MAKE YOUR WASTE ENERGY

Waste to energy means producing energy from burning trash, and is the least ideal option in our waste-management circle. If done intelligently, waste to energy plants can reduce the volume of garbage going into a landfill by 90% [1], and recoup some of the energy present in the trash. Irresponsible waste incineration, however, can make the toxins present in trash both more mobile and more lethal, further exacerbating the problem of what to do with what we throw away.

Waste to energy still sends some materials – usually ash – to a landfill, where most of our trash is still being buried. Landfills are fraught with environmental problems. These include household and industrial wastes leaking into the ground and contaminating our food and drinking water, the release of greenhouse gasses such as methane, and the permanent loss of valuable materials and nutrients – many of which were just recently dug up out of the ground. The limited and leaky nature of landfills only highlights the old adage – There is no such place as away.

 

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GOING GREEN WITH RECYCLING

Well-run recycling programs cost less to operate than waste collection, landfilling, and incineration.

The more people recycle, the cheaper it gets.

Two years after calling recycling a $40 million drain on the city, New York City leaders realized that a redesigned, efficient recycling system could actually save the city $20 million and they have now signed a 20-year recycling contract.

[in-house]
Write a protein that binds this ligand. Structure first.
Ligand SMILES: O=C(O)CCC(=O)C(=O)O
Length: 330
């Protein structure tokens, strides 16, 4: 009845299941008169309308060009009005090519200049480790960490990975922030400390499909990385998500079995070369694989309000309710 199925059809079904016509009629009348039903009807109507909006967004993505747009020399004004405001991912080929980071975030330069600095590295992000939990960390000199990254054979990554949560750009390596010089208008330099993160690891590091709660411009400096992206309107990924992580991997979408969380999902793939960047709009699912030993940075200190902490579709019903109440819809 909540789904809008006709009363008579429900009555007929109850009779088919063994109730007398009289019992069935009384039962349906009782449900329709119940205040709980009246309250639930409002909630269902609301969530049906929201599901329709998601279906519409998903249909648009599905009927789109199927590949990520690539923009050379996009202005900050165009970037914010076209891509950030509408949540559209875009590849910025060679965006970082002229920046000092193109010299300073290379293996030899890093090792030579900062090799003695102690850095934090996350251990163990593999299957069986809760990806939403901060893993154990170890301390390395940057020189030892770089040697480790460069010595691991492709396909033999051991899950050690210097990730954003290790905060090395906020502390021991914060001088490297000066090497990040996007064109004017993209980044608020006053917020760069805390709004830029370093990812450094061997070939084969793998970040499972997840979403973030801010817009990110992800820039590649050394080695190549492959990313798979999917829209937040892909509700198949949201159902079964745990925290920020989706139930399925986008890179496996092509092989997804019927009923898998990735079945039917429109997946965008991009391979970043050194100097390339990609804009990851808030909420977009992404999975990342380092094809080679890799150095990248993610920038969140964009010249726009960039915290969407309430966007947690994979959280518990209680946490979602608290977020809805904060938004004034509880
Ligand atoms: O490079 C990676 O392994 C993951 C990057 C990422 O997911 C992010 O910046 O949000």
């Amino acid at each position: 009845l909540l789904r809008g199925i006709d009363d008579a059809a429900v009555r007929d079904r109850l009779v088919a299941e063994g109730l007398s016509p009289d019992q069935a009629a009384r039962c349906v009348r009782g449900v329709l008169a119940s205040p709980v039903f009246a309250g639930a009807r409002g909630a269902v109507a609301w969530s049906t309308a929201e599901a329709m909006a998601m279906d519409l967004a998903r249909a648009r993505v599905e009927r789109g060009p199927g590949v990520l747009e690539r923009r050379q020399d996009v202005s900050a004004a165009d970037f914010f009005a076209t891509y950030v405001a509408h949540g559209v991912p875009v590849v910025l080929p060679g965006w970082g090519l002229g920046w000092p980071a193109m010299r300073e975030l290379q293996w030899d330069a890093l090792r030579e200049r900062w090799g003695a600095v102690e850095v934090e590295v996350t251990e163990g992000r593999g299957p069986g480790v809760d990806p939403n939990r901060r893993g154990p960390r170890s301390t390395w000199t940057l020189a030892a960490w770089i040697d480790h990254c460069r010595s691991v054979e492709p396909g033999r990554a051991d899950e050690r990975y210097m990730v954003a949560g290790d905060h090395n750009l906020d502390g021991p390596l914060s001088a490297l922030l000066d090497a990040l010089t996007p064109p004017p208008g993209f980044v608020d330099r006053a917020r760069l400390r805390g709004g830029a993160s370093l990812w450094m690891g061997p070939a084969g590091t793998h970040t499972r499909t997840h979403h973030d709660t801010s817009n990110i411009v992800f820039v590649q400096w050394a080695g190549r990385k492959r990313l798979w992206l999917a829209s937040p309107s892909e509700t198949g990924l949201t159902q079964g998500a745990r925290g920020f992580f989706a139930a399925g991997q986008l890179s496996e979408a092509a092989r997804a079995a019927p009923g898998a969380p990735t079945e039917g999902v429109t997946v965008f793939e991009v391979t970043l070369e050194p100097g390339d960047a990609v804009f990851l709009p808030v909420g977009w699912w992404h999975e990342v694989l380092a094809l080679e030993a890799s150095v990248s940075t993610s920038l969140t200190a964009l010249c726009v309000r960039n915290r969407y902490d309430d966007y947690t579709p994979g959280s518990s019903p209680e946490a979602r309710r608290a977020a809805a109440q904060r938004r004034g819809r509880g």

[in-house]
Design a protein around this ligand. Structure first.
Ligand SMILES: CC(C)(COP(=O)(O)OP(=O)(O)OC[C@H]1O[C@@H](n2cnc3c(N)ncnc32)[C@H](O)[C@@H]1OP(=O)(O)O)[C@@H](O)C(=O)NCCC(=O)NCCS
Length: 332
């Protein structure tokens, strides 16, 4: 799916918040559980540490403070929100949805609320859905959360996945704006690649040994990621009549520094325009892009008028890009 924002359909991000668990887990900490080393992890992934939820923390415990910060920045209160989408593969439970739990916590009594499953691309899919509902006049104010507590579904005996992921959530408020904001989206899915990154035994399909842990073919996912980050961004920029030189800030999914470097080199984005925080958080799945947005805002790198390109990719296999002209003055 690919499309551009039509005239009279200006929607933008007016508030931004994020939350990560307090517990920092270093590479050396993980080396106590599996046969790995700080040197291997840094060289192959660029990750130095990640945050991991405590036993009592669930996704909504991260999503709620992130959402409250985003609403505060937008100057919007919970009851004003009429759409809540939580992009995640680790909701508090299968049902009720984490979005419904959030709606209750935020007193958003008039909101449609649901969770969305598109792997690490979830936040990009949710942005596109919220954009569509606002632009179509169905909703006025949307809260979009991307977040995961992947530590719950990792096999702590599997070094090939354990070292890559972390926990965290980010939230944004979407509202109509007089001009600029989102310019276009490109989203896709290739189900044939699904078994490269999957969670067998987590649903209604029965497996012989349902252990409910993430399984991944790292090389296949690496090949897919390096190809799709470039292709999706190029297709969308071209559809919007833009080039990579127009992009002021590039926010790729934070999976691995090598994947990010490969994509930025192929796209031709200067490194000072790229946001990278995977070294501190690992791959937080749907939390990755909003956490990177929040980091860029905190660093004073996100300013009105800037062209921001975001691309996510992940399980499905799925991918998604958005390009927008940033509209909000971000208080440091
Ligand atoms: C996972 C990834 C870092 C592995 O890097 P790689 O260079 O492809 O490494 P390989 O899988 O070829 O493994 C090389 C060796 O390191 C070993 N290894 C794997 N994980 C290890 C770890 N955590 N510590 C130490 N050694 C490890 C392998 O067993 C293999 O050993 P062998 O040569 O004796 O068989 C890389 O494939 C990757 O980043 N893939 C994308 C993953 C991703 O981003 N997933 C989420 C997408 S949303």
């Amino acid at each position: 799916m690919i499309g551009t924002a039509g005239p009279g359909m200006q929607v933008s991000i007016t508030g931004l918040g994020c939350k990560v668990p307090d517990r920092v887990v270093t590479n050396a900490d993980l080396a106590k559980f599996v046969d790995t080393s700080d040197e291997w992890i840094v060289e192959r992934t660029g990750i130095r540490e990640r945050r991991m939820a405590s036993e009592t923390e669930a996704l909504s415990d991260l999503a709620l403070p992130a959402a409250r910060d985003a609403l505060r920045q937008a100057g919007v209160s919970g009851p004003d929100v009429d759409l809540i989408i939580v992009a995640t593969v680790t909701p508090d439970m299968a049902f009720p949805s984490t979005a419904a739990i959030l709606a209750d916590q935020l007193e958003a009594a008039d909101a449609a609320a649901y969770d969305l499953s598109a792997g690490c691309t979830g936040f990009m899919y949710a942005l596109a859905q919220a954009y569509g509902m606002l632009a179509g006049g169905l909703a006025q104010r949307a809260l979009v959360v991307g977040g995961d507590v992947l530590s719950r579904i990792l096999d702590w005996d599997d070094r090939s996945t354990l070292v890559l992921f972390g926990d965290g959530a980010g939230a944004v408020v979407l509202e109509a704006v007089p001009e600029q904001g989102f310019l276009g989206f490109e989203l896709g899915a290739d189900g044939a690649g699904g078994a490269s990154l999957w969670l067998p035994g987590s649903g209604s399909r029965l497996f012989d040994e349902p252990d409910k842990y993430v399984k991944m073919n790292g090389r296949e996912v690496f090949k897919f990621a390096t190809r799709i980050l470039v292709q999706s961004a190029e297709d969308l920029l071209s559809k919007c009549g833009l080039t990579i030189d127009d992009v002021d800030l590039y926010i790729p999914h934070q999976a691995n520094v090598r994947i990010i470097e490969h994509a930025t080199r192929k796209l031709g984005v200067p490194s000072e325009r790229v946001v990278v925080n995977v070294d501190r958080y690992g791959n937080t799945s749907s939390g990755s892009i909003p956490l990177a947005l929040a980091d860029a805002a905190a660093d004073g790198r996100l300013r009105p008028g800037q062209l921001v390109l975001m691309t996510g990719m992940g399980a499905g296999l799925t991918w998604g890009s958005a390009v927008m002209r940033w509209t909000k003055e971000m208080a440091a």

Recycling helps families save money, especially in communities with pay-as-you-throw programs.

Well-designed programs save money. Communities have many options available to make their programs more cost-effective, including maximizing their recycling rates, implementing pay-as-you-throw programs, and including incentives in waste management contracts that encourage disposal companies to recycle more and dispose of less.

Recycling creates 1.1 million U.S. jobs, $236 billion in gross annual sales and $37 billion in annual payrolls.

Public sector investment in local recycling programs pays great dividends by creating private sector jobs. For every job collecting recyclables, there are 26 jobs in processing the materials and manufacturing them into new products.

Recycling creates four jobs for every one job created in the waste management and disposal industries.

Thousands of U.S. companies have saved millions of dollars through their voluntary recycling programs. They wouldn’t recycle if it didn’t make economic sense.